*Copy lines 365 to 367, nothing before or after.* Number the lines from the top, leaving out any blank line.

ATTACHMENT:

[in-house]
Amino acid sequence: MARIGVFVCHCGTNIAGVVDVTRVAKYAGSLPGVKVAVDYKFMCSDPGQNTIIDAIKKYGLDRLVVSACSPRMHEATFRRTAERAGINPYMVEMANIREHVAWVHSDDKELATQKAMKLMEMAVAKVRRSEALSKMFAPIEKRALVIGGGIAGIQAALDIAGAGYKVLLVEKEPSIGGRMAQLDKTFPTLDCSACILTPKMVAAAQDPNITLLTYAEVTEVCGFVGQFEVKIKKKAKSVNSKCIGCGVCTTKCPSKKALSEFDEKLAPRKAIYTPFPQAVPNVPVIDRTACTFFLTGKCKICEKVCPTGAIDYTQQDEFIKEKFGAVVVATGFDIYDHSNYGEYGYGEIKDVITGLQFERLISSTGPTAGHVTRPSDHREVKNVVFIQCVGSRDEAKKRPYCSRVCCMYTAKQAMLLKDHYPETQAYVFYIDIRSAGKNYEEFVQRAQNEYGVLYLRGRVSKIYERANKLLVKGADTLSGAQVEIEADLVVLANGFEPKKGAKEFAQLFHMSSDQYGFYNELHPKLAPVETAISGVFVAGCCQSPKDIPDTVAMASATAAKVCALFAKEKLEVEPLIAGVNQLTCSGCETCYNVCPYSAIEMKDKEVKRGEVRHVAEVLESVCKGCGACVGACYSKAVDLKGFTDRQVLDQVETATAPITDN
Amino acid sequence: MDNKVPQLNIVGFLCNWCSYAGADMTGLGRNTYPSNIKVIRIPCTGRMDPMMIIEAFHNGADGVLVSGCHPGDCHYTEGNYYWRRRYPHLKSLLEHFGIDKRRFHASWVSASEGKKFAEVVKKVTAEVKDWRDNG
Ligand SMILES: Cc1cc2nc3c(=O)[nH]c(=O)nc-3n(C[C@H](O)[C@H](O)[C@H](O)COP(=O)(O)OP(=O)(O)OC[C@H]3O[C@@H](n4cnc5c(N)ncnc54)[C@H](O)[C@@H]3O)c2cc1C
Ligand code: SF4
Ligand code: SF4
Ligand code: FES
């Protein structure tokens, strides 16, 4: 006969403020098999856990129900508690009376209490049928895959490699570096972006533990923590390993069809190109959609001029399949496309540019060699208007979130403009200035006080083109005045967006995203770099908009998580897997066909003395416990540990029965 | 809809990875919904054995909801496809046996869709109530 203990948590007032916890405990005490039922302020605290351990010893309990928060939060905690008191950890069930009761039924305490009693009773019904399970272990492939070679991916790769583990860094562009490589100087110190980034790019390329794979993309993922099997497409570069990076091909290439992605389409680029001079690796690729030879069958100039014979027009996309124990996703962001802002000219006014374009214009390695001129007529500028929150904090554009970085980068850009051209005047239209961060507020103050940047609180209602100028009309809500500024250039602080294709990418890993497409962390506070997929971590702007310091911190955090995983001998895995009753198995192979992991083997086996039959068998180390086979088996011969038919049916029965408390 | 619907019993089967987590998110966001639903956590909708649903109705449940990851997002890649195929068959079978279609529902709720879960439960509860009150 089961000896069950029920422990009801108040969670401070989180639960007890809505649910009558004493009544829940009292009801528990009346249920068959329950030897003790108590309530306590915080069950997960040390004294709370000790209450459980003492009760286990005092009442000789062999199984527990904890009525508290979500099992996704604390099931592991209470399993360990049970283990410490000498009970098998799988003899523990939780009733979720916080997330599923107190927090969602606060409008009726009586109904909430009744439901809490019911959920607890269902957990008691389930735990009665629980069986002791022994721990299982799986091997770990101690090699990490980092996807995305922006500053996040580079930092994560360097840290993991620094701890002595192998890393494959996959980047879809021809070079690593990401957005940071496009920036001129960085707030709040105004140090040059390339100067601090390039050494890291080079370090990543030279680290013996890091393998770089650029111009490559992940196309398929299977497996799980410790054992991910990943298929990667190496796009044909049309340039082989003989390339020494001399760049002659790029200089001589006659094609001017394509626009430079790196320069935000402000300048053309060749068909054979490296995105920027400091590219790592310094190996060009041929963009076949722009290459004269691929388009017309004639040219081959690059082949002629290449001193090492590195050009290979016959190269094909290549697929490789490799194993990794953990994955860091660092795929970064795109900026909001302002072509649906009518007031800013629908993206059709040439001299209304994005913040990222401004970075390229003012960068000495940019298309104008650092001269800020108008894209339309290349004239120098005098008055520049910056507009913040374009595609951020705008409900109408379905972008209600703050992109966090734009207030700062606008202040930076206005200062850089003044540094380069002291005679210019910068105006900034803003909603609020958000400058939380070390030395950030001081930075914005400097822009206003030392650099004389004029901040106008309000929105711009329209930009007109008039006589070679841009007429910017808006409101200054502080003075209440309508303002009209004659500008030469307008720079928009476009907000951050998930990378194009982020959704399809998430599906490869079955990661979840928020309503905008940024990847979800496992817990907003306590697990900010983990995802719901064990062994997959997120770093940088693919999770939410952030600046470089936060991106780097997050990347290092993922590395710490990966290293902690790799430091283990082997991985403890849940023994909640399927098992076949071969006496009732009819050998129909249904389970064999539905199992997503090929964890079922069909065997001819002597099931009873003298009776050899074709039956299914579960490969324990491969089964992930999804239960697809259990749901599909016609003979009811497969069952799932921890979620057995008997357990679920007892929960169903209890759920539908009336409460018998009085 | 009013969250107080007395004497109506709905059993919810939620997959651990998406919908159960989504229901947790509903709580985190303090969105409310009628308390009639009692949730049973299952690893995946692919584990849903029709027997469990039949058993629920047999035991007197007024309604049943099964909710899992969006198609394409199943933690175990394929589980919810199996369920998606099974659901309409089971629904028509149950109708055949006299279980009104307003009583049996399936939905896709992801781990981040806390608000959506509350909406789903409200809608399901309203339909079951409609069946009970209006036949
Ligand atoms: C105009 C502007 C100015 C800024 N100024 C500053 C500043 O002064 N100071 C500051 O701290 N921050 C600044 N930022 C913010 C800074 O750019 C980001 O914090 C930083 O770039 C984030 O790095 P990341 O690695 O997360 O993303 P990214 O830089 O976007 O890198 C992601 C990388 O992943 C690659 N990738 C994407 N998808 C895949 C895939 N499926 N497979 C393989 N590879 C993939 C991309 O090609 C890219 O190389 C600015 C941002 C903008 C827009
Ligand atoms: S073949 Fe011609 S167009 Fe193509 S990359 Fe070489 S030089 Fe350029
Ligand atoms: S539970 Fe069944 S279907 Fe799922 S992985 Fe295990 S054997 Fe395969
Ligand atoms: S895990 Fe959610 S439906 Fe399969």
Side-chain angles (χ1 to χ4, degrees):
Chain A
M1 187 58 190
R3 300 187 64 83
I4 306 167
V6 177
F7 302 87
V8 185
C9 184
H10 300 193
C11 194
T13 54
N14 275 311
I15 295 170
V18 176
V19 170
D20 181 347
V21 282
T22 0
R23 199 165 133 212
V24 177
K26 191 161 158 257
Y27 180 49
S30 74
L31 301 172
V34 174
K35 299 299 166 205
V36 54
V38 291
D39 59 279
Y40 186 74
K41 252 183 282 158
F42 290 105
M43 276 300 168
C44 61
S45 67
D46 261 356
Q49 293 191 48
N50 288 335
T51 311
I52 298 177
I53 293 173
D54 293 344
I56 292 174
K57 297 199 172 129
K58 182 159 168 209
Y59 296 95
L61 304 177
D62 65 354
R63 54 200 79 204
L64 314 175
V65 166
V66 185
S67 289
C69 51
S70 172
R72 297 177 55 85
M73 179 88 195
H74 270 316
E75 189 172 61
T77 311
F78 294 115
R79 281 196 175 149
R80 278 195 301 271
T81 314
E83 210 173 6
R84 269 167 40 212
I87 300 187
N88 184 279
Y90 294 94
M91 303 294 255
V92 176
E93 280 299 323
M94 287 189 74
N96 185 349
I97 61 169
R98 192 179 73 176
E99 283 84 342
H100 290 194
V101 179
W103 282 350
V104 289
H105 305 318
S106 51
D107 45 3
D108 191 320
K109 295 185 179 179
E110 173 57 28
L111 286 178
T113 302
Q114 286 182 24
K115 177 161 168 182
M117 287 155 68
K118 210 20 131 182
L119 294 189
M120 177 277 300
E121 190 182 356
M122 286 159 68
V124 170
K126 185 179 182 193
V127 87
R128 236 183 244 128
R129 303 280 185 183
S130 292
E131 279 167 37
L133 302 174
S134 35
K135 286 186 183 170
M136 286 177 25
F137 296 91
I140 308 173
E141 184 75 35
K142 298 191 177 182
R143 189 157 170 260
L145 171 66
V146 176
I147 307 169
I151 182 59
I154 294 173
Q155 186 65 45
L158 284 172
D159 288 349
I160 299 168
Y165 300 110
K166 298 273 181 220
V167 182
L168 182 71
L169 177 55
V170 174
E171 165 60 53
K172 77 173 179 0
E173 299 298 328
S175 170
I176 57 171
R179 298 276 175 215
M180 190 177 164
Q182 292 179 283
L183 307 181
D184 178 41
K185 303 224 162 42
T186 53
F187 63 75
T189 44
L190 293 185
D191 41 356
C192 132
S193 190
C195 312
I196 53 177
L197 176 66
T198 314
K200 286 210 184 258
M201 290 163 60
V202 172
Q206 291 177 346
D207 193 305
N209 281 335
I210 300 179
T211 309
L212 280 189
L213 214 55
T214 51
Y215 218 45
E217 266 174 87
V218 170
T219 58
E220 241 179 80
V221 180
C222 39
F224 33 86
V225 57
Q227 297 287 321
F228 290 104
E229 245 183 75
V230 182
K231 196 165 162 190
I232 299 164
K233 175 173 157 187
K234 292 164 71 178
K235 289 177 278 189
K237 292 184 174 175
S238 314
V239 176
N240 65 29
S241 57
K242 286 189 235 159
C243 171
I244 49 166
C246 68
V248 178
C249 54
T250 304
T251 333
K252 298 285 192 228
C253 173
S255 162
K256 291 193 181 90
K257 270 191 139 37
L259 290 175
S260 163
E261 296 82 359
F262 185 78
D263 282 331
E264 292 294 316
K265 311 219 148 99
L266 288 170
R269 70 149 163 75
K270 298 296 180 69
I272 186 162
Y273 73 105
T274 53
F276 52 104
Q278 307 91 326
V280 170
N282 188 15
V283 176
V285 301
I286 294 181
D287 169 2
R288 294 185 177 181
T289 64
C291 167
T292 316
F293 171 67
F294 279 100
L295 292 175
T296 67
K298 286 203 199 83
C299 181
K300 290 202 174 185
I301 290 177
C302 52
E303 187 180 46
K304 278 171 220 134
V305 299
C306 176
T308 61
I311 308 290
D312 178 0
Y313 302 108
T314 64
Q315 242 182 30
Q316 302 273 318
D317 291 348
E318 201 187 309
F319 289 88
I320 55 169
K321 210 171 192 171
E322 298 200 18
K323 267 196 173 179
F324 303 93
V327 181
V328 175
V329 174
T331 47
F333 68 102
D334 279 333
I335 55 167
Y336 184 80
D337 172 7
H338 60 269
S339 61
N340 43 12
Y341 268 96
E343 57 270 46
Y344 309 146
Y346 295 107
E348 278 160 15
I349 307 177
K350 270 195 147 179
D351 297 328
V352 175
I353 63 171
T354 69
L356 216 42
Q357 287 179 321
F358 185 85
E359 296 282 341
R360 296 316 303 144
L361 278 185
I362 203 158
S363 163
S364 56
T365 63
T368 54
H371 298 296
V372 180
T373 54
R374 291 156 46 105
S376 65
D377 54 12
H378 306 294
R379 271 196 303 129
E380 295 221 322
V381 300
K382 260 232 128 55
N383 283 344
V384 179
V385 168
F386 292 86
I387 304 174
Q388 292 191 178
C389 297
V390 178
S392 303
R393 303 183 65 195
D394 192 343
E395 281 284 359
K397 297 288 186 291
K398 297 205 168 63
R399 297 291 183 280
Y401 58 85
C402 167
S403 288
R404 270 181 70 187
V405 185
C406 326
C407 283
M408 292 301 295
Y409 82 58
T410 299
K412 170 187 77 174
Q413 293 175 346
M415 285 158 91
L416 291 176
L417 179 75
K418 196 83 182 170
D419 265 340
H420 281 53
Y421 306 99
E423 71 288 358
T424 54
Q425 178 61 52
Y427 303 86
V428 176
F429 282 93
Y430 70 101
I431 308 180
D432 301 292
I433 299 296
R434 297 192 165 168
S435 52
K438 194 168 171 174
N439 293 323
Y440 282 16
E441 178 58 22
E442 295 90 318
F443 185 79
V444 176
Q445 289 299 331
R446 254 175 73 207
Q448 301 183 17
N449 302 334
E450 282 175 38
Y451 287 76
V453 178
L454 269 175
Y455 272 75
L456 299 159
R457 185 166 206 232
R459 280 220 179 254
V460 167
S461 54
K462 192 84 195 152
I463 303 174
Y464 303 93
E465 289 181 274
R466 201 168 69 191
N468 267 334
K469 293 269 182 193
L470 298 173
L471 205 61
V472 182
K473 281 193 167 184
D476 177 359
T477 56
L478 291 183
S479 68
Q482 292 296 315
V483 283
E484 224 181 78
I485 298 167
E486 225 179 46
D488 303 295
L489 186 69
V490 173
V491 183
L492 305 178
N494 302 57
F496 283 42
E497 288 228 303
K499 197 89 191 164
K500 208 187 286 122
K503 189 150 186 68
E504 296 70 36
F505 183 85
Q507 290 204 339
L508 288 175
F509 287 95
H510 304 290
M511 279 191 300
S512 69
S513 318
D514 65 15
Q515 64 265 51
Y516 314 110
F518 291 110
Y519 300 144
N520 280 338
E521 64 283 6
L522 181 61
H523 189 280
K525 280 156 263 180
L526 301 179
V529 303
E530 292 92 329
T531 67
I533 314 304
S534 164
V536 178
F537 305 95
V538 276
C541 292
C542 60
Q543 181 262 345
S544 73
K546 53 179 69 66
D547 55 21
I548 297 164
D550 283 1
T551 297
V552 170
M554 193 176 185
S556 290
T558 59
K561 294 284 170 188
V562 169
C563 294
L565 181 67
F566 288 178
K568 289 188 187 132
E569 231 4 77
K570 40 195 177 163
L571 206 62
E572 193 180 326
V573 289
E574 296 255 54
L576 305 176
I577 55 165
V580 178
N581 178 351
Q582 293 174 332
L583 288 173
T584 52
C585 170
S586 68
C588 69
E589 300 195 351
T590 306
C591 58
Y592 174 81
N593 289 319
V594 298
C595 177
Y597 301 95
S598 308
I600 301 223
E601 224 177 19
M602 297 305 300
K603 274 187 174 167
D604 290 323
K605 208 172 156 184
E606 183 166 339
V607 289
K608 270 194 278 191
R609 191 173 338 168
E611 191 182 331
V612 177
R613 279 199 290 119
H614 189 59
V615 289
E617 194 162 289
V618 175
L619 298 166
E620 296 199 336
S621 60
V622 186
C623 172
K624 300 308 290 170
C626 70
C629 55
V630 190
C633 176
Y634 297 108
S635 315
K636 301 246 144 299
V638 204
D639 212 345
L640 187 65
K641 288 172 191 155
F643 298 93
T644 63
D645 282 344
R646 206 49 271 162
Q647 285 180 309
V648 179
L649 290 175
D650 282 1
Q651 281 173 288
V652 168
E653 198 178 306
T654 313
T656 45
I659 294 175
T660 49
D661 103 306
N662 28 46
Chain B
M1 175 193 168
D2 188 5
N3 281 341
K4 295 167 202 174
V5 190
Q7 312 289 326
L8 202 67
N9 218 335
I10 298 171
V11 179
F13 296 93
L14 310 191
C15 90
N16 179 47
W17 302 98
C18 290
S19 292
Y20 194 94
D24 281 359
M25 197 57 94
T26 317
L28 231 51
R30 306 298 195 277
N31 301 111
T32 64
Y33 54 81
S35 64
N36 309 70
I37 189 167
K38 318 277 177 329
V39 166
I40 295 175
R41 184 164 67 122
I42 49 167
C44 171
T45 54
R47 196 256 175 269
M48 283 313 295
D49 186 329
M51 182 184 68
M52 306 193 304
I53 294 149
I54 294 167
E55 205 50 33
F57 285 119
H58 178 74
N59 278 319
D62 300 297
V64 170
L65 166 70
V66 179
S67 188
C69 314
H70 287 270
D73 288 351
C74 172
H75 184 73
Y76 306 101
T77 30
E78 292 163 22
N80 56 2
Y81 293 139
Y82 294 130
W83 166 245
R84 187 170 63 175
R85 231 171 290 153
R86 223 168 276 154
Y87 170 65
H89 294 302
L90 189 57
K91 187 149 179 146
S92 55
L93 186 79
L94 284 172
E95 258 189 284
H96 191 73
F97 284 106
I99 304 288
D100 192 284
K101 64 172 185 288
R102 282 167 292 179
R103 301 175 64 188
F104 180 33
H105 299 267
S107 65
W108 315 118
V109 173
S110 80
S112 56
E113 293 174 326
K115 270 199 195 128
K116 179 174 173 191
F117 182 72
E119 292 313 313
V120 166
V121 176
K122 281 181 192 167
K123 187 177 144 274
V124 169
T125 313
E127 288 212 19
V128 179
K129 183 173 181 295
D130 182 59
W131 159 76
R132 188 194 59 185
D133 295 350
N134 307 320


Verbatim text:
N449 302 334
E450 282 175 38
Y451 287 76